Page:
The Torah of Leadership
Words on fire: Thoughts on Parshat Ve’etchanan
A leader's fiery passion about a topic can spread like wildfire, but it can also cause burnout if not directed properly
“Take utmost care and watch yourselves scrupulously,” Moses advised in this week’s Torah reading Ve’etchanan, “so that you do not forget the things that you saw with your own eyes and so that they do not fade from your mind as long as you live. And make them known to your children and to your children’s children” (Deuteronomy 4:11-12). The foundational experiences of becoming a nation may fade over time so Moses asks that his people – our people – bear witness to what they have gone through and share it with the power of story.
One of those indelible experiences was the giving of the Torah at Sinai. Moses has specific details burnished in his mind about that nascent time in Israelite history: “You came forward and stood at the foot of the mountain. The mountain was ablaze with flames to the very skies, dark with densest clouds. God spoke to you out of the fire; you heard the sound of words but perceived no shape — nothing but a voice” (Deut. 4:11-12). Moses’ description is rich and sensory, as if to say, these are “the things you saw with your own eyes.” Never forget them.
The Jerusalem Talmud offers an incredible commentary on how this specific scene and verse was passed from father to son. Elisha, the Talmud’s famous heretic, was extolling his father Abuya with the story about the day of Elisha’s brit, his entrance into the covenant. Abuya was a wealthy man who invited all the important people of Jerusalem to this event. They were in one room feasting, dancing and clapping. In the next room, the sages Rebbe Eliezer and Rebbe Joshua were studying Torah.
The rabbis said to each other, “While they are occupied in theirs let us be occupied with ours.” They studied an array of subjects with such intensity that, “fire descended from Heaven and surrounded them.” Abuya ran next door and chastised the pair: “Why do you come to burn down my house?” The sages were unapologetic. They exclaimed, “The words were joyful as at their giving on Sinai.” Since the words of Torah were given with fire, they told Abuya that they received them with fire. They then cite our sedra’s verse: “The mountain was ablaze with flames.” Abuya was so impressed with the power of Torah that he said he would dedicate his new son to the Torah.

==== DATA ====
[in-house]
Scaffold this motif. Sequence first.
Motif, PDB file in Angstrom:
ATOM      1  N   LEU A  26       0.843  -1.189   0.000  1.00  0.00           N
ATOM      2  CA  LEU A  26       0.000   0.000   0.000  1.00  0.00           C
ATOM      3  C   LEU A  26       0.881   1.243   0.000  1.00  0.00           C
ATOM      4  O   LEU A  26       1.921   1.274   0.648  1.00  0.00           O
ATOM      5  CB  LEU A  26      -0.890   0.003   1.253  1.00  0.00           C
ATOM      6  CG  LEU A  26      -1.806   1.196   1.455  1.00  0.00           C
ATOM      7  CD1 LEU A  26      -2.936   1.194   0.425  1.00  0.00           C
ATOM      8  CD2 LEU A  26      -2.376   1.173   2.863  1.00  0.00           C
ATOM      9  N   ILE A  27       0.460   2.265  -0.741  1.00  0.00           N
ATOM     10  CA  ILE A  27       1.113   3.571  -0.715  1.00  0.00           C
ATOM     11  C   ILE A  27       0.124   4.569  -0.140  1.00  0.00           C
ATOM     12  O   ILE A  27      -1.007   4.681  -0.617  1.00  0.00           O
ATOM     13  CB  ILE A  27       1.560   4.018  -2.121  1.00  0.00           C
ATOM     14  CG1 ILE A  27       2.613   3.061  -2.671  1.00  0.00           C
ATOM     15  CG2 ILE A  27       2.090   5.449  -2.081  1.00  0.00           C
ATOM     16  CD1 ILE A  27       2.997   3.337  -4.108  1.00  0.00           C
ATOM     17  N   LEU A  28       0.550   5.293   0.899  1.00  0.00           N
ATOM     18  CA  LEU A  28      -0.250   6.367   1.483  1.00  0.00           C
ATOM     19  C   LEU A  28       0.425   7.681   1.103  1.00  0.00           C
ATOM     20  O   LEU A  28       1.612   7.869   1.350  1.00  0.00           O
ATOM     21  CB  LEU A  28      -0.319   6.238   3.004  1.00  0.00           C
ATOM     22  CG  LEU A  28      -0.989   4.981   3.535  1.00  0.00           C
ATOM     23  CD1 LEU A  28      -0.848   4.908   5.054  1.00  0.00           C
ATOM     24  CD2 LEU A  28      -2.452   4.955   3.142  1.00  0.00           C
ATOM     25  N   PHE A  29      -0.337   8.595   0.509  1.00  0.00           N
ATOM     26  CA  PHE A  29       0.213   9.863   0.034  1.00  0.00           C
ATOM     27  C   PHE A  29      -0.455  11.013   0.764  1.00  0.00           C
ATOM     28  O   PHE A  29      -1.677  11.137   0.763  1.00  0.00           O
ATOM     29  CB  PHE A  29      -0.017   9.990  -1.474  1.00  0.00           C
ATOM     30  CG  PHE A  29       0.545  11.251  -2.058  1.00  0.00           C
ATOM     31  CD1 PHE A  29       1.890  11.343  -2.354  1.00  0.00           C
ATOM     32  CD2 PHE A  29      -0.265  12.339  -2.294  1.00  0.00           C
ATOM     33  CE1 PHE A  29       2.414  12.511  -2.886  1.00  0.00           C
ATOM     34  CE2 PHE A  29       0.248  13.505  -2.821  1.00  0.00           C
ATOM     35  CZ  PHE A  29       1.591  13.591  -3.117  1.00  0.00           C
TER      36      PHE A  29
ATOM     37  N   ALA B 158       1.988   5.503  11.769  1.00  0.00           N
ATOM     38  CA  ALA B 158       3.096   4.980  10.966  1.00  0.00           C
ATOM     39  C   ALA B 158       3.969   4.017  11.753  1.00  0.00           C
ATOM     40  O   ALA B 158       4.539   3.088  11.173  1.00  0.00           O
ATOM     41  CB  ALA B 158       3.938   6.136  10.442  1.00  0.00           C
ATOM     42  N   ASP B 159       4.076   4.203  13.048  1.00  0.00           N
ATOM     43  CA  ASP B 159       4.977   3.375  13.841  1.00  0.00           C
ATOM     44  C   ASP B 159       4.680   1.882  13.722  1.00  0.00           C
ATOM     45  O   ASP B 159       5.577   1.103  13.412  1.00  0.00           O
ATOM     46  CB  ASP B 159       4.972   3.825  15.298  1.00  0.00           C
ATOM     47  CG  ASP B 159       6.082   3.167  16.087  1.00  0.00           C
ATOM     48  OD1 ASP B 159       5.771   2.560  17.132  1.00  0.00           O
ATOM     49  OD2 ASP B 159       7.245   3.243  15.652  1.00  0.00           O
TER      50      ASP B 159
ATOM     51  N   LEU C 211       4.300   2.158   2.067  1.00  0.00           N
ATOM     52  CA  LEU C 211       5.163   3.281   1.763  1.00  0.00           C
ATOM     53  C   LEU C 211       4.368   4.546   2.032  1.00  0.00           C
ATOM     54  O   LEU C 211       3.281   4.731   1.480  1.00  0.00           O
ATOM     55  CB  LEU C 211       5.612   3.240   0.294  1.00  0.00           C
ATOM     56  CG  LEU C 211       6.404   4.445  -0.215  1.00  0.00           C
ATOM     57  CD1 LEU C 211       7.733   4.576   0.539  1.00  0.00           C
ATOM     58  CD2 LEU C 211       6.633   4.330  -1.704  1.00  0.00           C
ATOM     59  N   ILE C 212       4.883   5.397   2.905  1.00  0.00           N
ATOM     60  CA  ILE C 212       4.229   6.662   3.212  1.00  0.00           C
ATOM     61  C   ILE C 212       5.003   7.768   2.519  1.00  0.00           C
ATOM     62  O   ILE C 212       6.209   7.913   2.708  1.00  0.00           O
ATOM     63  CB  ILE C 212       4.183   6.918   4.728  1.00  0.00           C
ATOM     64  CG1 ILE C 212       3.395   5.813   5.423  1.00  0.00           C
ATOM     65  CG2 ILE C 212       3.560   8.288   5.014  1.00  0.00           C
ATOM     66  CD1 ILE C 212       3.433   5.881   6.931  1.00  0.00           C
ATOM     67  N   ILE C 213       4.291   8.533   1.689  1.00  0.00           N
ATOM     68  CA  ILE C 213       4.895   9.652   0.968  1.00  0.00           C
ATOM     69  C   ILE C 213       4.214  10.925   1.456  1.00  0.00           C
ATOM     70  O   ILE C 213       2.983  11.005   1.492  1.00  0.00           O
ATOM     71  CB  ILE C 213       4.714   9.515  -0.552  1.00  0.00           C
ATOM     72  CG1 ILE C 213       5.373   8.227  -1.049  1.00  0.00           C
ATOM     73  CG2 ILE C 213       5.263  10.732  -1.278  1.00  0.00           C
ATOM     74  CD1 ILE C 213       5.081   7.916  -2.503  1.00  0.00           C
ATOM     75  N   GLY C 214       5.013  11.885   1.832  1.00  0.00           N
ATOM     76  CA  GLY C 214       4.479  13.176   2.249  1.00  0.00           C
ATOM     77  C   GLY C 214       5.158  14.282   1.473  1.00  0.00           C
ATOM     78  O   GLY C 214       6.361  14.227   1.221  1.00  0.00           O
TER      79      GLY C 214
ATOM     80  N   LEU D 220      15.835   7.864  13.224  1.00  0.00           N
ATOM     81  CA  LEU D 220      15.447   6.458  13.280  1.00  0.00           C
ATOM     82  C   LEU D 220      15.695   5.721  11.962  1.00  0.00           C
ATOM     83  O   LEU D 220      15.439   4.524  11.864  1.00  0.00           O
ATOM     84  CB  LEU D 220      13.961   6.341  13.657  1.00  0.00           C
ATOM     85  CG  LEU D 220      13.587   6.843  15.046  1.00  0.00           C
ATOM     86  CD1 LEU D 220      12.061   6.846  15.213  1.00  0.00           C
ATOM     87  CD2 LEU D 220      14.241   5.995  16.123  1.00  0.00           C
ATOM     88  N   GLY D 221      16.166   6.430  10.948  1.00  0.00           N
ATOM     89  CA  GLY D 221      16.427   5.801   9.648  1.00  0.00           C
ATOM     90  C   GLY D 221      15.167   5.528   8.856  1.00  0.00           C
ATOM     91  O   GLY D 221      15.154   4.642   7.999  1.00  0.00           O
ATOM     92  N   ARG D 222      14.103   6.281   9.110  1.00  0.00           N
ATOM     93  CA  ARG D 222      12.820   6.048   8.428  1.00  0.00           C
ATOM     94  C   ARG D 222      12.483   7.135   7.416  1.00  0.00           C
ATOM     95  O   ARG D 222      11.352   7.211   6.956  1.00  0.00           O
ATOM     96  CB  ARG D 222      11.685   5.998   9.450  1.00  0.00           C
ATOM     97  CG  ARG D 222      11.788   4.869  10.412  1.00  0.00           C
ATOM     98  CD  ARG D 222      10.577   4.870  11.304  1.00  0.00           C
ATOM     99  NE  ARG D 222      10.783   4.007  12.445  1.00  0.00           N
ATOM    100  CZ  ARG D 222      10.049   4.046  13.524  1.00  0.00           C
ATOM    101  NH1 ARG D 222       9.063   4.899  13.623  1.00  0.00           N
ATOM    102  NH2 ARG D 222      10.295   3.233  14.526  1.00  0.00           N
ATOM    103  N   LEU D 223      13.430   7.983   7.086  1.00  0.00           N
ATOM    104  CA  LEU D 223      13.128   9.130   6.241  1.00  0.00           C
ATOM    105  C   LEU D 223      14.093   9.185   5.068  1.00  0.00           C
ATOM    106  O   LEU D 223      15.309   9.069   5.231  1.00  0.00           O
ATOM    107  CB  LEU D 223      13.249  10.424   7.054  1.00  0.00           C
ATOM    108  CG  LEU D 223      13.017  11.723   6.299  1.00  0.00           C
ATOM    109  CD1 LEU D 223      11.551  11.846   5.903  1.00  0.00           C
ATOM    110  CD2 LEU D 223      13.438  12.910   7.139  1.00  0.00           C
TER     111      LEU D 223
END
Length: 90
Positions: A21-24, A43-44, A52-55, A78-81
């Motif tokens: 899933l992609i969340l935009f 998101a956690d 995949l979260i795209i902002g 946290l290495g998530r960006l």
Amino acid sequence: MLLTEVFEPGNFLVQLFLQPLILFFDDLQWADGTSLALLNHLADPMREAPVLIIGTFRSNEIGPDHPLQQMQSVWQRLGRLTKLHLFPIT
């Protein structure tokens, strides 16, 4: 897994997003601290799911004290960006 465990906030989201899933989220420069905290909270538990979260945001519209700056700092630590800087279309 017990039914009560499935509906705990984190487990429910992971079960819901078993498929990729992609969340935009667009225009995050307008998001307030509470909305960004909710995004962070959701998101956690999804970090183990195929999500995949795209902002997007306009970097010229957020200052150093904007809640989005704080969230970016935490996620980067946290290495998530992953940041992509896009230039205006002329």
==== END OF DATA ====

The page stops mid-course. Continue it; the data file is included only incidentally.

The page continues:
The message of the story is clear. Words given in fire are received in fire. The passion of study and learning attracts, magnetizes, and burns brightly.
Rabbi Jonathan Sacks in his 1992 book Crisis and Covenant, teaches the power of the Torah’s words is singular to our faith: “For Judaism God is to be found not in a person or a place but in words, the words of the Mosaic books, Torah in its narrow sense. Neither Moses, the greatest of the prophets, nor Sinai, the place of revelation, have intrinsic sanctity. They were the vehicles of revelation, not its embodiment. That description belongs to Torah alone.”
The metaphor of a burning mountain as a symbol of intellectual charisma reminds us that if the words we use are on fire, they will be received with fire. When we are passionate about a cause or an idea, we can generate passion in others. When we are unmoved by our own words, so too will those hearing them be unmoved. Leaders understand this. Followers want charisma in their leaders. They want to feel inspired, stimulated, and motivated.
In “What is Charismatic Leadership?,” (May 17, 2022), Hannah L. Miller describes charismatic leaders as “charming, caring, motivational, supportive, infectious, and warm.” She believes they have unusually good emotional intelligence, confidence and potent energy. Their charm and likeability resonate with others and help drive results. This is especially important, Miller contends, in companies with a strong social cause: “the leader drives people to stay positive, upbeat, and keep fighting the good fight.”
There are dangers, though. Fire burns. Jim Collins in his book Good to Great discusses the liability of charisma. The passion of a leader for an idea or a strategy can blind him or her to other opinions. Egos and tempers can be high when followers do not achieve the desired results. Followers may not buy into the prevailing zeitgeist with the same level of commitment. This can lead to burnout. Sometimes passion can falsely compete with content or real work. Words on fire become meaningless if they are not backed up with outcomes. In their article “Falling over Ourselves to Follow the Leader” (Journal of Leadership & Organizational Studies, 14:1, 2007), Igor Kotlyar and Len Karakowsky write, “The prevailing belief is that charismatic leaders always bring out the best in their followers and help teams perform beyond expectations.” This is not always true. “What we discovered, in contrast, is that a less flamboyant, no-frills leader can be more successful at engaging executive teams in brainstorming while keeping emotions and ego in check.”
In our sedra, Moses challenged the Israelites to hold fast to the visual image of a burning mountain so that the words of Torah would continue to simmer within them. He was also telling them how to transmit God’s law to the next generation. Words given in fire are received in fire. So was it then. So is it now.
What words, advice, or events are burnished in fire within you that you have passed down?
Erica Brown is the vice provost for values and leadership at Yeshiva University and director of its Rabbi Lord Jonathan Sacks-Herenstein Center.